J.E. Ensis reviews The Silver Ninja

Here is a short preview of a book review by J.E. Ensis on my book, The Silver Ninja.

Read below.

Things I Like

There’s a lot of good stuff going on here, which is what kept me reading.

Tension – Wilmar builds tension and exploits it well. He promises readers that an event WILL happen, lets the characters do the boring-but-necessary stuff while fretting about the event, then releases the tension in the event and hooks us again by promising something new. That’s how you do it and it kept me hooked until the end!

Could Be Better

Excess of Figurative Language – This was my biggest issue with Silver Ninja early on. Mixed metaphors, rapid fire metaphors, etc. Things like the “sadness gushing from his eyes” in place of tears. It happens a lot early on, but I think I got used to it because I noticed it didn’t bother me by the time I finished the book.

Read the rest at his website here: http://dontreadbooks.com/2014/01/17/frugal-friday-followup-the-silver-ninja/


I’m actually very excited to see what people will think of The Silver Ninja 2: Indoctrination. Where I follow my own advice and do everything I can to fix what was wrong with the first book in a brand new story. The editing process is a lot more brutal this time around and a lot harder to swallow. Hopefully it will be worth the pain I’m going through to get it ready!

Before I forget:

Make sure to check out some of J.E.’s writing projects. I read some of his chapters and found myself enjoying the ride, you might enjoy it too.

How to Reverse the Polarity: http://howtoreversethepolarity.com/2014/01/03/how-to-reverse-the-polarity-read-online/

and if you’re a Jukepop member: http://dontreadbooks.com/2014/01/10/new-h2rtp-chapters-out/


Also, I did want to comment on one section of the book he mentioned in the spoilers section:


**Okay, in the ending there are two “boss fights” in which our MC, who is clearly stated earlier to have a functional rail gun, does not use it and instead gets her ass kicked when the fight could have been either ended or curtailed had she just shot the bastard. Also, I had issues with the fact that the MC gets knifed to the point she is bleeding out on the sidewalk, but goes back to work the next day. Then, after she’s got a super suit which has regenerative capability, and she’s got to re-learn how to walk and do martial arts in an info-dump mentioned above.**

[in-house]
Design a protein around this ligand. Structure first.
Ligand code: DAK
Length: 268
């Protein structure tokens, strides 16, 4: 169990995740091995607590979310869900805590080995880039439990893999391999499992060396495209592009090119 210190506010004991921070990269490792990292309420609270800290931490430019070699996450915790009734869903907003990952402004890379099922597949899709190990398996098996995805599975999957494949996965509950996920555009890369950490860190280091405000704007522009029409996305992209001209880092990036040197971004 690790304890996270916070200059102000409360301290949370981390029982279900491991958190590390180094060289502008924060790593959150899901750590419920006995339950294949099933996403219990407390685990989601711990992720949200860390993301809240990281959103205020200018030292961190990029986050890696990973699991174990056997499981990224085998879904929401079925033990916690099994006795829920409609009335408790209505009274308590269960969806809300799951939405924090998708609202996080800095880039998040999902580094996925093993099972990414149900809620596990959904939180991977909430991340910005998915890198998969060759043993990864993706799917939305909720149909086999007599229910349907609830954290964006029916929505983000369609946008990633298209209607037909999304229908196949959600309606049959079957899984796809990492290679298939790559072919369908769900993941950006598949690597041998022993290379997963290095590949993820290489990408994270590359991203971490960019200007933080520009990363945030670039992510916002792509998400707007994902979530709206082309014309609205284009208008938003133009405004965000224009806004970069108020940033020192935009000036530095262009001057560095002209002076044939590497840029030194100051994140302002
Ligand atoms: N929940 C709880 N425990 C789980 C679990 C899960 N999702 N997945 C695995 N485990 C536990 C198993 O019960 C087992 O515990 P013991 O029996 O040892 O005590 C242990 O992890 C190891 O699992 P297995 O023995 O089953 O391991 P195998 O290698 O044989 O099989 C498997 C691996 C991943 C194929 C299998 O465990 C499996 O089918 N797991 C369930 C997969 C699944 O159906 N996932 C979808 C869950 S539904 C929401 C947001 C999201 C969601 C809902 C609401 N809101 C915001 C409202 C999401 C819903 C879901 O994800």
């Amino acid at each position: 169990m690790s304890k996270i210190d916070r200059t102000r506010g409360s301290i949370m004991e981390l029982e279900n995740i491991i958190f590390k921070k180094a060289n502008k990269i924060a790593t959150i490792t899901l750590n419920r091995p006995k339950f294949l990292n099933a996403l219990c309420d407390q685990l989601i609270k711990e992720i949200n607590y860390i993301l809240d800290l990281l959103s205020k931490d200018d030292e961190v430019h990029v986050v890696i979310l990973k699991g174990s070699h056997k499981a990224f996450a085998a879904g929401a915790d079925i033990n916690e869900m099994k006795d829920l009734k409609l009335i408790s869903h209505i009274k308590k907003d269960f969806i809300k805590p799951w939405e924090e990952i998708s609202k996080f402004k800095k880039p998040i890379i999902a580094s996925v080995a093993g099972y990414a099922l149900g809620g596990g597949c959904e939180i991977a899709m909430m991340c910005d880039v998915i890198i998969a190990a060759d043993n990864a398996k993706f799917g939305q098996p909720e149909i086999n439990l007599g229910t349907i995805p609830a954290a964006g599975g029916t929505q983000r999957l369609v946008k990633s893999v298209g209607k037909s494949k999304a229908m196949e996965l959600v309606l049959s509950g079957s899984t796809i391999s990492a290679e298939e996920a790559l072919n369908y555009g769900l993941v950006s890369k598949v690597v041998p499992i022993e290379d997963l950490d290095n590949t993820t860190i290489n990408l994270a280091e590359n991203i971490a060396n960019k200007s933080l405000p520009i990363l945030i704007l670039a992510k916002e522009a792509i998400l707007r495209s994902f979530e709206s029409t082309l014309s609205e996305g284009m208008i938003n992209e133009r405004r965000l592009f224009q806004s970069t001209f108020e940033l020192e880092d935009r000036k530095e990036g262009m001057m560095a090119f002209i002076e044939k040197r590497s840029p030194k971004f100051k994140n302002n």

-I love how he calls them boss fights, that is exactly what I intended. The rail guns are a technology I probably should have done a little bit more homework on. She totally should have shot the bastard, even though shooting him with those guns would have blown him and Michael into smithereens. But I wanted to have an ‘epic’ boss battle and forgot to write my way around the fact that she had rail guns to shoot him with. (This is what happens when you don’t write with an outline, you forget the little things.)

Also, after Cindy was knifed, it was supposed to be weeks after the incident that we pick up the story. Unfortunately, I failed to convey time progression and confused a lot of readers because of it. The training section was another 1st time writing fail on my part. Technically, I just wanted Mack to show her some new moves and get her back into tip top shape for the upcoming conflict. It was too much info dump and needed to be much shorter.

I was also very disappointed with how the pacing for the end of the book came out. I mean, Chapter 8 takes up almost a quarter of the book! So how can you avoid making the same mistakes I did with pacing and continuity issues? It’s very simple.

Plot out your events so that you are in full control of the pacing. If you fly by the seat of your pants like a certain popular author, you may end up in the same situation I was in. Yes, I know, there is a certain freedom you get from just writing as everything comes to you. Unfortunately, doing this method makes it entirely possible for you to write yourself into a hole, which is what happened to me. I caught the issues in the editing phase, but the changes needed would require rewrites and more editing that I didn’t have time for.

A proper outline will keep you on track. You’ll notice the continuity issues, plot holes, and pacing issues way before you get deep into the editing process.



Wilmar Luna